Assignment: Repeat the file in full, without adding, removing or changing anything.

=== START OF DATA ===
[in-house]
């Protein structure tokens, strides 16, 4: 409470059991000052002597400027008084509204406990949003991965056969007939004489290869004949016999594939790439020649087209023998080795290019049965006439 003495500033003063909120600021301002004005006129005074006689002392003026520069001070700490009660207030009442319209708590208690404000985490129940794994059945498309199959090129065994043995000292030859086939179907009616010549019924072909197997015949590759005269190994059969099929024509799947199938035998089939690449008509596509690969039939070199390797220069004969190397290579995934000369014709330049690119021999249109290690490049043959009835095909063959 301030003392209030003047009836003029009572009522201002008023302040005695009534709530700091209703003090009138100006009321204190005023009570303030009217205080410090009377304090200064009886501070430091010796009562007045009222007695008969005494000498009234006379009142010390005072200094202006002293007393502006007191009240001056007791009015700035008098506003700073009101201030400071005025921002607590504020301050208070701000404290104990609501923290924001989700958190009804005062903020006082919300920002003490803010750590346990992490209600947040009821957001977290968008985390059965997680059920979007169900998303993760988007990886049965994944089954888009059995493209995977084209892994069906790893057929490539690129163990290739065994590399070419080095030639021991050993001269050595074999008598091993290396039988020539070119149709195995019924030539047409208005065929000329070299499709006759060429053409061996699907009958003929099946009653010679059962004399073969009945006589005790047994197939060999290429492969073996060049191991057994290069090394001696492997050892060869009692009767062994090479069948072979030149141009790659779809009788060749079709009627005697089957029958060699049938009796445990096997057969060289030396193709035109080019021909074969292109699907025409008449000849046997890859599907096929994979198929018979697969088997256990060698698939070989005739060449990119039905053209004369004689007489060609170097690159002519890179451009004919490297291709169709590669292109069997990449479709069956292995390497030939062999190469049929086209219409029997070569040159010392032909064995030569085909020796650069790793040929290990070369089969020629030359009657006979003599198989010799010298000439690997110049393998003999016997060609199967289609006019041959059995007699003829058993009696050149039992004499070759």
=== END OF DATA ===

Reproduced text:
[in-house]
């Protein structure tokens, strides 16, 4: 409470059991000052002597400027008084509204406990949003991965056969007939004489290869004949016999594939790439020649087209023998080795290019049965006439 003495500033003063909120600021301002004005006129005074006689002392003026520069001070700490009660207030009442319209708590208690404000985490129940794994059945498309199959090129065994043995000292030859086939179907009616010549019924072909197997015949590759005269190994059969099929024509799947199938035998089939690449008509596509690969039939070199390797220069004969190397290579995934000369014709330049690119021999249109290690490049043959009835095909063959 301030003392209030003047009836003029009572009522201002008023302040005695009534709530700091209703003090009138100006009321204190005023009570303030009217205080410090009377304090200064009886501070430091010796009562007045009222007695008969005494000498009234006379009142010390005072200094202006002293007393502006007191009240001056007791009015700035008098506003700073009101201030400071005025921002607590504020301050208070701000404290104990609501923290924001989700958190009804005062903020006082919300920002003490803010750590346990992490209600947040009821957001977290968008985390059965997680059920979007169900998303993760988007990886049965994944089954888009059995493209995977084209892994069906790893057929490539690129163990290739065994590399070419080095030639021991050993001269050595074999008598091993290396039988020539070119149709195995019924030539047409208005065929000329070299499709006759060429053409061996699907009958003929099946009653010679059962004399073969009945006589005790047994197939060999290429492969073996060049191991057994290069090394001696492997050892060869009692009767062994090479069948072979030149141009790659779809009788060749079709009627005697089957029958060699049938009796445990096997057969060289030396193709035109080019021909074969292109699907025409008449000849046997890859599907096929994979198929018979697969088997256990060698698939070989005739060449990119039905053209004369004689007489060609170097690159002519890179451009004919490297291709169709590669292109069997990449479709069956292995390497030939062999190469049929086209219409029997070569040159010392032909064995030569085909020796650069790793040929290990070369089969020629030359009657006979003599198989010799010298000439690997110049393998003999016997060609199967289609006019041959059995007699003829058993009696050149039992004499070759």